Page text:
"Dear, Honored Guest": Archaeological Models of Bear Ceremonialism in Minnesota
Author(s): David Mather
Archaeological expressions of bear ceremonialism in Minnesota include: ritual sites with dozens to hundreds of bear skulls, calcined fragments of burned bear paws, effigy earthworks, rock art and portable art. These were created by Siouan and Algonquian speaking peoples, including the Dakota and Ojibwe, who are still resident in the state. Some finds relate to the bear hunt, feast and funeral that are the focus of A. Irving Hallowell’s (1926) concept of bear ceremonialism. Others appear to represent rituals that are not documented in the ethnographic literature. Modeling, or connecting archaeological data with abstract theories, is used here to explore and interpret possible practices of bear ceremonialism in the state. Data sources include accounts of Minnesota bear ceremonialism from tribal elders and cultural anthropologists, archaeological contexts, artifacts and zooarchaeological analyses, and bear biology including comparative measurements of modern bear teeth of known age/sex to compare with archaeological materials. Resulting models include the concepts of bear graves and secondary burials, and seasonal connections between different types of rituals practiced by related groups, within and beyond the scope of Hallowell’s bear ceremonialism.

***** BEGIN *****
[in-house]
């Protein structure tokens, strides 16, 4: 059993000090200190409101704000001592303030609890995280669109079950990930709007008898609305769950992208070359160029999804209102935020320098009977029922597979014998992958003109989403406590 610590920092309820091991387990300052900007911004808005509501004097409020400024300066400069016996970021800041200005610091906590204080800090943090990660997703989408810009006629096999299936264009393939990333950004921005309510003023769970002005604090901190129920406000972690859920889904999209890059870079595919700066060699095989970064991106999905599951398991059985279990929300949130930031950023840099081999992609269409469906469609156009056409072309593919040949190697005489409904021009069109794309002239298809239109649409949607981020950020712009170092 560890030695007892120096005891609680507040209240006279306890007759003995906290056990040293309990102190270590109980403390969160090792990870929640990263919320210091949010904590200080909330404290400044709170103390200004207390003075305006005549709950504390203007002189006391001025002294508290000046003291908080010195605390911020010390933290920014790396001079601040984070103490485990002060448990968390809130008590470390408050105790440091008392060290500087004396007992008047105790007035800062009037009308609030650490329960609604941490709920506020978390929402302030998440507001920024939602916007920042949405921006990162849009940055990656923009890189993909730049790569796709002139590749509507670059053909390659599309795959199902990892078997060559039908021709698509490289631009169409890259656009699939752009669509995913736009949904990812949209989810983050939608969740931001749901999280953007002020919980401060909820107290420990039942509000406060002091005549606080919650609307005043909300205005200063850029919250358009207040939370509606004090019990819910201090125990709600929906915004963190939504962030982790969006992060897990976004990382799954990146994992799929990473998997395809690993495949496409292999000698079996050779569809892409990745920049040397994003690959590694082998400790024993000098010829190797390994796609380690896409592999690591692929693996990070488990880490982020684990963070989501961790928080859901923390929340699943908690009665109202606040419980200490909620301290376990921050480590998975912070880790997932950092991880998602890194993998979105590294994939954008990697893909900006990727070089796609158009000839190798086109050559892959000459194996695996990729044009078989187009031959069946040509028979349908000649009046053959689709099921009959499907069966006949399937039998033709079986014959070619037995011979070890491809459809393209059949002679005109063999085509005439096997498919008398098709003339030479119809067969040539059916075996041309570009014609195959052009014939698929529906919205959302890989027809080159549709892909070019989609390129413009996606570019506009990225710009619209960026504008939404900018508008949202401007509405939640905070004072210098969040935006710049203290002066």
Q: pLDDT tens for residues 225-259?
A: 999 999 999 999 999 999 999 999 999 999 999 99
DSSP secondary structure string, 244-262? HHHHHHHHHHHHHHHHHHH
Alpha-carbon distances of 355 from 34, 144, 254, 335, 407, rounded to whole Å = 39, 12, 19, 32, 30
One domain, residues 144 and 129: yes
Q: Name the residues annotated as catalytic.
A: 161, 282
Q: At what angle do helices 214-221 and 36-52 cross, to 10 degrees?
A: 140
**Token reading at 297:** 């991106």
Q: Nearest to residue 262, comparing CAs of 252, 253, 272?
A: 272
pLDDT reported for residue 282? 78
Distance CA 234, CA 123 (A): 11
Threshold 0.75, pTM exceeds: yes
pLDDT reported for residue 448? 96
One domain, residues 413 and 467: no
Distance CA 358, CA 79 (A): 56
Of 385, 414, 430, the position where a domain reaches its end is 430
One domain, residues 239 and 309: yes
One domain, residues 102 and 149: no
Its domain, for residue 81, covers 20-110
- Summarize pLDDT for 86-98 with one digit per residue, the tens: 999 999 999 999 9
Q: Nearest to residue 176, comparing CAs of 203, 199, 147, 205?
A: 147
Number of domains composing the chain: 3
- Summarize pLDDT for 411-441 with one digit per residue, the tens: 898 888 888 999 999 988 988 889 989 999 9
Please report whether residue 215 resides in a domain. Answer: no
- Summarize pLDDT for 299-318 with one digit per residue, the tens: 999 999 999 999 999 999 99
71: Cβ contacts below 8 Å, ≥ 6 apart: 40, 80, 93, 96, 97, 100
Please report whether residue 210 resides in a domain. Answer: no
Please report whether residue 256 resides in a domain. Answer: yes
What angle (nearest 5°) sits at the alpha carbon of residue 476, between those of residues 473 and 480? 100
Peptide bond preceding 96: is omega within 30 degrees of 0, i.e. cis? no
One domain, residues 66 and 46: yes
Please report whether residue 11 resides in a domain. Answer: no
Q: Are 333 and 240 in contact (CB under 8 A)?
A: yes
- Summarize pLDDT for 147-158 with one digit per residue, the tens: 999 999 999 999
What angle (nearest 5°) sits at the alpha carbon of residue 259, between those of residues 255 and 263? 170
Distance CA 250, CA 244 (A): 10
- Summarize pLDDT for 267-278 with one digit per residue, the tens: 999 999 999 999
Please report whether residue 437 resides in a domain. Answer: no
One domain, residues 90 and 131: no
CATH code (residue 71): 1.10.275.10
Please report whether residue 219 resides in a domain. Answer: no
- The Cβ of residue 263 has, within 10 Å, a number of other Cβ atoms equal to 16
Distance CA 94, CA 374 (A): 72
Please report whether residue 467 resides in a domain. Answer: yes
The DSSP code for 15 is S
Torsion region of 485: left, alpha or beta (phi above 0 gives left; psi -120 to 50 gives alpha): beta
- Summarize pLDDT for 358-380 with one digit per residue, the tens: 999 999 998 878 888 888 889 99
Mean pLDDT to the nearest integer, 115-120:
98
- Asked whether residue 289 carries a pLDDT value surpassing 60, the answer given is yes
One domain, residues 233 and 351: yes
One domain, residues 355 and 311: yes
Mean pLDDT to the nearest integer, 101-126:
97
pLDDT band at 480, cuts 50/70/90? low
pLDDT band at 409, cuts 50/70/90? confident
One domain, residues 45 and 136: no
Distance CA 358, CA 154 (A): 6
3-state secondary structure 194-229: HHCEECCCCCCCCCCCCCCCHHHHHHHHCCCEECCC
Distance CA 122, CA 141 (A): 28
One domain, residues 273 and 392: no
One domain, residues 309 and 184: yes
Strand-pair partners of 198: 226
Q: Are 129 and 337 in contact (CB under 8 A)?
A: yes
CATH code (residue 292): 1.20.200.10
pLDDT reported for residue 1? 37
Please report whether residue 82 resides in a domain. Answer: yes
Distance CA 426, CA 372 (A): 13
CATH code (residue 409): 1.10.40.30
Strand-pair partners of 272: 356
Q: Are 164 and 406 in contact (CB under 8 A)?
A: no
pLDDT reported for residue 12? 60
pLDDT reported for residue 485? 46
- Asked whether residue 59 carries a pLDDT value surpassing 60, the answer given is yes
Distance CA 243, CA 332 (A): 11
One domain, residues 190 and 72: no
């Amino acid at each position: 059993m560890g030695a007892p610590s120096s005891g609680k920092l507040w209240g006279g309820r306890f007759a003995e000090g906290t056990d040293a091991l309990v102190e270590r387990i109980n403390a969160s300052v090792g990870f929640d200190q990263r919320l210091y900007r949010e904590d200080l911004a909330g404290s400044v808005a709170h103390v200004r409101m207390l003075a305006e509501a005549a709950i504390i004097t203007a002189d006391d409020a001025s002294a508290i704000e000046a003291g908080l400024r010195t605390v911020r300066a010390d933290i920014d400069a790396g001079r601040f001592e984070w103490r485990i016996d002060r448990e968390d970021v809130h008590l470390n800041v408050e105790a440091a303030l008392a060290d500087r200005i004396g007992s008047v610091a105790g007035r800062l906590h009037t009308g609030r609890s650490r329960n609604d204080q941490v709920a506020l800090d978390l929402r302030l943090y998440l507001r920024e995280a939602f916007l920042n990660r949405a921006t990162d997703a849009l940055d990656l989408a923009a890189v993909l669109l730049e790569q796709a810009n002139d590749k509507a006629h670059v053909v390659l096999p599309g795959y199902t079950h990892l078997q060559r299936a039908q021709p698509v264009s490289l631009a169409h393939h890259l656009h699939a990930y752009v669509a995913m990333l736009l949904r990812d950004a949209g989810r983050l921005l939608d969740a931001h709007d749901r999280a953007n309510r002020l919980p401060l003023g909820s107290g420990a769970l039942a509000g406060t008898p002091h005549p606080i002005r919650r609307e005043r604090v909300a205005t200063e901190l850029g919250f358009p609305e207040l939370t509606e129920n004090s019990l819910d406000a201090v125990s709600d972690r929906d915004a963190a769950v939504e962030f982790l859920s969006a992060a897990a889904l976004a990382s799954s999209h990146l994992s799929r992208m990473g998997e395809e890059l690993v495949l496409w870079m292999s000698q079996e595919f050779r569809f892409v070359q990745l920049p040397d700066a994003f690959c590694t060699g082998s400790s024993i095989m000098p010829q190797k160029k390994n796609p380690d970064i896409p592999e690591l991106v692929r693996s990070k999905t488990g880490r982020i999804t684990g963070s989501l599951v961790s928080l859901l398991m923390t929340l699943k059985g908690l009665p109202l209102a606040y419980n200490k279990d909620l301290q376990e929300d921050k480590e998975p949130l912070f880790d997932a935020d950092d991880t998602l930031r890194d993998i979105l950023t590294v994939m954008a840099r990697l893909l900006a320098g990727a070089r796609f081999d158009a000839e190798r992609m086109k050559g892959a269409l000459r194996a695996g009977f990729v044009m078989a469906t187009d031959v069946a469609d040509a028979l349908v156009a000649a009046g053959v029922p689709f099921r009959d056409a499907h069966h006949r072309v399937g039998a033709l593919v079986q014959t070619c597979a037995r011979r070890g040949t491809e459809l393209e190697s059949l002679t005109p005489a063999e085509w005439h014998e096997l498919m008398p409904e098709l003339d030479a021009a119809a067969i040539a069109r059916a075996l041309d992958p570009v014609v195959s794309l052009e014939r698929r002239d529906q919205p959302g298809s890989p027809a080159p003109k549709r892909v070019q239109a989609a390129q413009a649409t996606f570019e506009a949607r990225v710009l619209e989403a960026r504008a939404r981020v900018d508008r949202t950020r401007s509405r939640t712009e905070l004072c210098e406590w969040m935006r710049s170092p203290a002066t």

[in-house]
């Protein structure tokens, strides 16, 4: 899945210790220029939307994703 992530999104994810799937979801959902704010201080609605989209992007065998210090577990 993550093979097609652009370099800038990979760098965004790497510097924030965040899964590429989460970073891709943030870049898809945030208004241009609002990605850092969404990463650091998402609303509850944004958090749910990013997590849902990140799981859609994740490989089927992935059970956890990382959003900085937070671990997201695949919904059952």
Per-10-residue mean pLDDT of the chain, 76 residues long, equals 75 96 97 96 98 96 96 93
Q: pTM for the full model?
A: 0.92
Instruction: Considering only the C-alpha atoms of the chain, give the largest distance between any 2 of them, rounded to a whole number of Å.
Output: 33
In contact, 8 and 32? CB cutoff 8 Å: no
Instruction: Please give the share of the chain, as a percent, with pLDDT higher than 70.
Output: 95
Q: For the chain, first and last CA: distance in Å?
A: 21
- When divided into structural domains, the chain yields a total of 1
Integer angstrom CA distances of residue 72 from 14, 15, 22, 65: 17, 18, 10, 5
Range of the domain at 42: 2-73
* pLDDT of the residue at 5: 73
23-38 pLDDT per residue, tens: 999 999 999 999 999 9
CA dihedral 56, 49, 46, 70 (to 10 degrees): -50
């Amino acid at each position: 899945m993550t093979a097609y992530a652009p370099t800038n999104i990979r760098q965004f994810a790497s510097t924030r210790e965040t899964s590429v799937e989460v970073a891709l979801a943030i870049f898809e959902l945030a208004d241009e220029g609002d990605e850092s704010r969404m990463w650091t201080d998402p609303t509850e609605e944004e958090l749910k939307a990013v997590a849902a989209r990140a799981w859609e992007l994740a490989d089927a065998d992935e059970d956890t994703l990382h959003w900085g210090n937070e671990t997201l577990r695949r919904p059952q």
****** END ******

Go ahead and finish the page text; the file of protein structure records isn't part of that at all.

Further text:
Cite this Record
"Dear, Honored Guest": Archaeological Models of Bear Ceremonialism in Minnesota. David Mather. Presented at The 81st Annual Meeting of the Society for American Archaeology, Vancouver, British Columbia. 2017 ( tDAR id: 431209)
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min long: -104.634; min lat: 36.739 ; max long: -80.64; max lat: 49.153 ;
Abstract Id(s): 14476